<p> Scott Clewis, MAPP ‘19 <p> </p>
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Student and Alumni Stories

Scott Clewis

Trial Attorney, Clewis & Associates 

Education: 

Master of Applied Positive Psychology, University of Pennsylvania ‘19
Juris Doctor, Chicago-Kent College of Law, Illinois Institute of Technology ‘98
Bachelor of Arts in English Literature and Speech Communication, University of Illinois at Urbana-Champaign ‘87

Scott Clewis (Master of Applied Positive Psychology 19) has been interested in the concept of resilience for nearly as long as he has worked in law. A trial attorney who specializes in representing victims of medical malpractice, Scott observed that physicians involved in legal suits often suffered symptoms of trauma and stress. “Mistakes happen in every profession, in every walk of life,” reflects Scott. “How do individuals confront adversity, challenges, or life struggles and maintain their resilience? How are they able to bounce back?” These questions drew him to the Master of Applied Positive Psychology (MAPP) program at Penn. “Penn is at the vanguard of research and training in psychological resilience,” says Scott. “I knew that, through this program, I would further my expertise and develop a more sophisticated understanding of the strengths that enable individuals and organizations to optimize their potential.”

Over the course of his education on resilience and adjacent positive psychology topics, Scott narrowed his focus to a capstone project on second victim syndrome, or the psychological trauma that affects health professionals who are involved in medical errors. “When I reviewed the literature, I found some preliminary programs that provided aid to physicians who had already been part of an adverse event, but nothing to proactively help physicians develop a more resilient and adaptive mindset,” he explains. “One of the critical reasons that I wanted to participate in MAPP is to develop a science-based foundation for helping health care systems create supportive environments to implement evidence-based programs to increase the resilience of medical providers.”

Scott authored a capstone proposing a series of proactive, science-based, cognitive behavioral resilience interventions aimed at teaching medical students and physicians at all stages of training, practice, and education to manage their thoughts and emotions surrounding medical errors and adverse events. He hypothesized that arming these individuals with interventions related to cognition and emotional regulation will equip them to maintain resilience or even thrive in the face of medical errors and adverse events, which could prevent or mitigate the severe consequences of second victim syndrome.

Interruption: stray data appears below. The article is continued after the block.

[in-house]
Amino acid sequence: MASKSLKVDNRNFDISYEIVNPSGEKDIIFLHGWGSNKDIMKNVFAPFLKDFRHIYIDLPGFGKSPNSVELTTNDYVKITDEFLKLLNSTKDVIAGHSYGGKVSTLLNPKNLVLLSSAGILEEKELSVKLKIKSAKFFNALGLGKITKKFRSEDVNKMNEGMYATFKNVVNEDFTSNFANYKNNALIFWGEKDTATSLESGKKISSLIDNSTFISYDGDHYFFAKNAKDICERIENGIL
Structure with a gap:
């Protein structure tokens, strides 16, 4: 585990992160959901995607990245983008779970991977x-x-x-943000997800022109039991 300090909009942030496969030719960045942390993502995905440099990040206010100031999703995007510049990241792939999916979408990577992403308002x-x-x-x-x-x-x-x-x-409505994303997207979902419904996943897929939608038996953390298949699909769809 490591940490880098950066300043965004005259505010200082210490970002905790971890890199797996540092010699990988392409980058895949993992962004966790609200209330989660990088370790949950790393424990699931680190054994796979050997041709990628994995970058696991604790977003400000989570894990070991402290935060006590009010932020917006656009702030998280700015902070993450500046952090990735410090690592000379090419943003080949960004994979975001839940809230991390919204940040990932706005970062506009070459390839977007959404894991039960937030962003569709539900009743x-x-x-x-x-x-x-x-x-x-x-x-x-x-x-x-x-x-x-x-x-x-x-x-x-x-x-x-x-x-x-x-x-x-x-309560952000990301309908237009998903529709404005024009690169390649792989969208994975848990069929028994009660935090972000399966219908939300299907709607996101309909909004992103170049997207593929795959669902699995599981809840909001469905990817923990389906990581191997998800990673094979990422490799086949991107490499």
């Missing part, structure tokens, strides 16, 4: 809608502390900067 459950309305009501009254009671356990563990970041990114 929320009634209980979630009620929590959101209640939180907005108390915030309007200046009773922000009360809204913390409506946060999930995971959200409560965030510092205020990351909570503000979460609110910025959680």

Throughout the program, Scott was also impressed with the robust research showing that personal relationships increase resilience and life satisfaction. “I find that people in high-stress professions frequently spend so much time working that they neglect family relationships, friendships, even high-quality connections between themselves and people they meet in passing, which have been scientifically demonstrated to increase happiness,” he says, adding that “medicine and law are extraordinarily high-stress professions. Though the work I’d like to do with physicians and medical providers is a passion of mine, another significant interest is making sure lawyers are equipped with the tools necessary to mitigate against stress and increase well-being.”

Scott practices what he preaches on this subject, as he recently completed the intensive MAPP program while maintaining his regular working hours as a trial attorney. “The program was extremely challenging in terms of time management, and you really couldn't cut corners if you wanted to do it right,” he recalls. But for working adults, he says, “there is tremendous support. The faculty and staff have put together the most caring, devoted, organized, thoughtful program I've ever encountered in my career. They were extraordinarily accessible and always willing to lend advice on every paper and every project that we worked on, so we never felt alone or on an island.”

Capstone projects

Capstones

The capstone project is a culminating experience, allowing you to integrate and apply what you've learned during the program.

Read about Capstone Projects >

On-site schedule

Program Format & Schedule

The program cohort will gather one weekend each month to attend intensive on-site classes in Philadelphia.

Review this year's schedule >

Courses and curriculum

Courses and Curriculum

History, theory, research and professional application—completed in one year of full-time study.

See Courses and Curriculum >

Penn LPS

The lifelong learning division of Penn Arts & Sciences

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